Another chapter in the Borough of Tamaqua's ongoing saga "As the Sewage Flows" came to light Tuesday evening after operators at the municipality's sewage treatment plant observed a huge drop in volume.
That type of decrease tends to happen when the sewer line is plugged. Fortunately for residents in the low-lying areas, that plug did not cause the raw sewage to back up into their homes.
The loss in volume was caused by a subcontractor, G.M. McCrossin of Bellefonte, for the PennDOT bridge replacement project on SR309 at the southern end of the borough. Borough officials were able to quickly identify the problem – a rig drilled a hole through the 24-inch sewer line, then the hole was filled with concrete.
Contractors on site this morning stated that everything was under control by 9 p.m. last night and the sewer main was replaced by 2 a.m. today.
Officials had first called the contractor, PennDOT and the Pennsylvania Department of Environmental Protection (DEA) Agency's 24 hour hot line, but the damage was done. Gallons and gallons of raw sewage were flowing into the Little Schuylkill River.
Borough officials have been dealing with sewage system woes since it became clear there were dozens of homes operating on a wildcat sewer system, discharging waste water into the Wabash River, which then emptied into the Little Schuylkill River. DEP mandated that each of those properties be identified and then connected to the borough's sewage system. That process hasn't been completed as yet, but the amount of sewage from those homes and businesses is a drop in the bucket compared to the 1.5 million gallons of sewage that made its way downstream.
The subcontractor was drilling holes for pilings for a temporary bridge when the drill broke through the sewer line, located under the northwest corner of the existing bridge. A concrete casement was then placed in the hole, totally sealing off access to the line going to the sewage treatment plant.
Raw sewage immediately began backing up, looking for an escape route. It found the Little Schuylkill River, thanks to a combined sewer overflow pipe that was placed in the area for such types of emergencies.
Borough manager Kevin Steigerwalt explained the CSO as "a type of pressure relief valve which sent the flow into a combined sewer/water overflow pipe, discharging directly into the river. If the CSO wasn't in place, all that sewage would have begun backing up into residents' homes, starting with the lowest lying areas. Either way, we're facing a huge mess."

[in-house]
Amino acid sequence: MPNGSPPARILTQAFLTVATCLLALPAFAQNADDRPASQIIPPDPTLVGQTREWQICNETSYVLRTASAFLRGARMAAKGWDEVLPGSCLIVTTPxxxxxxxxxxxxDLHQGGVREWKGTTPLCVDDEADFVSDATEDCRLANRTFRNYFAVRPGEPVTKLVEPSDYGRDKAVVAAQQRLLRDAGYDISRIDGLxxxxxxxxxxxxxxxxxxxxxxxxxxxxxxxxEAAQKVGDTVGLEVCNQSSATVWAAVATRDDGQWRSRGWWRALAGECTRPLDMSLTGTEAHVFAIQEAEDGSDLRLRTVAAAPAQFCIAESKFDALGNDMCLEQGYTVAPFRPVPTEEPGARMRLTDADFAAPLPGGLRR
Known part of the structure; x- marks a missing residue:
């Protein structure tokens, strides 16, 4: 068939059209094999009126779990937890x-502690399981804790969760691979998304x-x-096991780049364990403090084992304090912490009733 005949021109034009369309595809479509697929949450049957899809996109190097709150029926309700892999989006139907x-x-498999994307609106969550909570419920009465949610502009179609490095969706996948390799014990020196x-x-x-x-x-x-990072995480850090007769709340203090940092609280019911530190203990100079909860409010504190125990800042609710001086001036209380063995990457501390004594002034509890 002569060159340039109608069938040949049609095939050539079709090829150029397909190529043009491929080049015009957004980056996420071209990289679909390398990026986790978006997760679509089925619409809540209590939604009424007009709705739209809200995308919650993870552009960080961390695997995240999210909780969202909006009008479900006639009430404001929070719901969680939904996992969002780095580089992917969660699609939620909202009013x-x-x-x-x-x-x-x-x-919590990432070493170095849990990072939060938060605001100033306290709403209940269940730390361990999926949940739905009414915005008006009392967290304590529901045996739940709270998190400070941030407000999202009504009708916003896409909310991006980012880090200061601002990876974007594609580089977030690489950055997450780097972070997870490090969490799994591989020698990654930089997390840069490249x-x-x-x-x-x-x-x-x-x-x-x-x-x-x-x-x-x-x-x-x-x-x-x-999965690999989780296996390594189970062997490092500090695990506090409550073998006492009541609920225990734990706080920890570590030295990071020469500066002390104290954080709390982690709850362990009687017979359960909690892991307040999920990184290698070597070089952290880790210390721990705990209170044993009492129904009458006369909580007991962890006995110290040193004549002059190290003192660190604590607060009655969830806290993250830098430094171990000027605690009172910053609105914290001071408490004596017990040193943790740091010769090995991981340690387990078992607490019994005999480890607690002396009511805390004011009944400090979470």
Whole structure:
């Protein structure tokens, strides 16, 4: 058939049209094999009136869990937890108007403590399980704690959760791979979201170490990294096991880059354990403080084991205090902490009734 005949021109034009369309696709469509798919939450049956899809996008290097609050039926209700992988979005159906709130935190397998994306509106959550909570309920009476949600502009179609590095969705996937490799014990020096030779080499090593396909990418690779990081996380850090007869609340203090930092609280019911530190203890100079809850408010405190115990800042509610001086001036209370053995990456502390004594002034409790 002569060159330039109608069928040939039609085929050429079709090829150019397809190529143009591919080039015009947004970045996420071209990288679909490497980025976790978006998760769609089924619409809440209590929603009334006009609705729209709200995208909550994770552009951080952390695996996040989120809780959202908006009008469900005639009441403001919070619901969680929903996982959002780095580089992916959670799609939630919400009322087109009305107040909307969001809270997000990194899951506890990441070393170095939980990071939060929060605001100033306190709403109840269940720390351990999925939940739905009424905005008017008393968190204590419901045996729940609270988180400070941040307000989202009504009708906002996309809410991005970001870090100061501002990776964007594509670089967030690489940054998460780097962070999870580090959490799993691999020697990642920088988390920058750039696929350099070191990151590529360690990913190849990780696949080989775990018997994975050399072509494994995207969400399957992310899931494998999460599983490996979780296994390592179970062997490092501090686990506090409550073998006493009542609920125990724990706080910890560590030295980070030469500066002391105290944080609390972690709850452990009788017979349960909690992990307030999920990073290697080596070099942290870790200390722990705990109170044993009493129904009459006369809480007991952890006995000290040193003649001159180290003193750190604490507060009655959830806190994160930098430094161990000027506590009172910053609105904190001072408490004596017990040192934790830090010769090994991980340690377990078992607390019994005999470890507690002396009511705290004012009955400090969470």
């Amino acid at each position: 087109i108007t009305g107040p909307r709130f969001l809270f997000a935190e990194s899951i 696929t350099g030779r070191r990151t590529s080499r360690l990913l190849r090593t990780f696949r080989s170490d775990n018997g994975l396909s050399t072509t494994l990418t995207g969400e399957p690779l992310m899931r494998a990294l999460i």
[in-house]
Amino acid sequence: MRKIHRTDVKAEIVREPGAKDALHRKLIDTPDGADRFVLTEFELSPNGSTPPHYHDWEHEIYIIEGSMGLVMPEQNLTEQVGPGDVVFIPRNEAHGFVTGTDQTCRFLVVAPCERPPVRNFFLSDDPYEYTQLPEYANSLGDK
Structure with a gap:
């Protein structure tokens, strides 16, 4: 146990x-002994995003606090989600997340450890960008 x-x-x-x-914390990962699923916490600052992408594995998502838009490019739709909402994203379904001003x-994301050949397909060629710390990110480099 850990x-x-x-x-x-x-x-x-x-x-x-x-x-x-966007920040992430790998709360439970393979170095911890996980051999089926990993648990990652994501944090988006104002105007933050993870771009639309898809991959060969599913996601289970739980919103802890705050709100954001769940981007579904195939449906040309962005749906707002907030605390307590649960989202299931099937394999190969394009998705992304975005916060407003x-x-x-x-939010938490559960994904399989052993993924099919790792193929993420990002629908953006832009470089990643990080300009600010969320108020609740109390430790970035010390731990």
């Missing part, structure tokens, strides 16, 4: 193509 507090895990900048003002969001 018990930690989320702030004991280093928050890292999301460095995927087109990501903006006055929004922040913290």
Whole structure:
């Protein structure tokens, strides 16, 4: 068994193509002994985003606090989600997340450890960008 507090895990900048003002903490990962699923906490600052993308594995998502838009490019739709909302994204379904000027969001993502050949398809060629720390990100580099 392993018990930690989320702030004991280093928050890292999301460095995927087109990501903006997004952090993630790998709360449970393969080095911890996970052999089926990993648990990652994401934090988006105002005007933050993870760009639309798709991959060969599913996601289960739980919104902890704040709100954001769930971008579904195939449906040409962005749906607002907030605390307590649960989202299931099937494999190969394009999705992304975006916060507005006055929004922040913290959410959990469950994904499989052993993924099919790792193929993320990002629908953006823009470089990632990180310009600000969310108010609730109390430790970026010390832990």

According to Steigerwalt, the 24-inch line (the Center Street line) carries the bulk of sewage from the borough and Hometown under the river and to a larger line under Sewage Treatment Plant Road. There it merges with a line carrying sewage from the borough's South Ward. The South Ward line has not been affected by the blockage and sewage from that area of town continues to flow to the sewage treatment plant.
Tamaqua Public Works Director Rob Jones spent most of Wednesday at the site, dealing with the mess and dozens of officials as corrective actions were discussed.
"The subcontractor who caused the damage will do the repair work," stated Jones. "We were fortunate to get Joe Hutta (a Brockton based plumbing specialist) to come over with his camera system so we could see inside the pipe." He expected repair work to begin around 5 p.m. Wednesday and then continue around-the-clock until repairs are completed.
Colleen Connolly, DEP Community Relations coordinator, notes the agency is investigating all aspects of the situation.
"The subcontractor was boring holes for the installation of I beams for the temporary bridge when he drilled through the 24-inch sewer pipe. This took place at approximately 3:30 p.m. on Tuesday. DEP was notified of the situation at 8 p.m. The time lag in the notification process is of some concern to us (DEP), and apparently had something to do with Tamaqua Borough employees having election day as a holiday.
We have determined that, on average, 1.5 million gallons of raw sewage travels through that 24-inch pipe on a daily basis. We haven't seen any impact on the fish life in the Little Schuylkill River, as of yet. That could change. Our primary concern right now is to stop the flow of sewage into the river."
Connolly agreed with Jones that repair work was scheduled to begin at 5 p.m. Wednesday and would continue until completed.
"We're working on two things – installing a temporary line to divert the flow directly into a manhole and repairing the line itself. Once the line is repaired by replacing a section of pipe, the affluence directed into the manhole will be pumped to the sewage treatment plant. We need to get the sewage out of the Little Schuylkill River as quickly as possible."
Connolly warned there would be violation notices sent to the responsible parties, once her agency has determined who will be held responsible.
"It's not simple because it's a PennDOT project, contracted to Clear Water Construction, which subcontracted to one company, which then subcontracted to McCrossin."
It's definitely a messy situation, in more ways than one.
During the repairs, employees from Kline's Services Inc, out of Salunga, used three 5,500 gallon septic trucks to suck up waste from a manhole located behind the Tamaqua Community Center on Center Street. They then transported the waste via a rotation of trucks that transferred the waste back into the sewer line located across SR309 on Sewer Plant Road.
As of 10 p.m. last night, employees with Kline's Services Inc. stated they had already diverted over 49,500 gallons of waste between manholes, preventing it from going into the Little Schuylkill River.
Staff writer Andrew Leibenguth contributed to this story.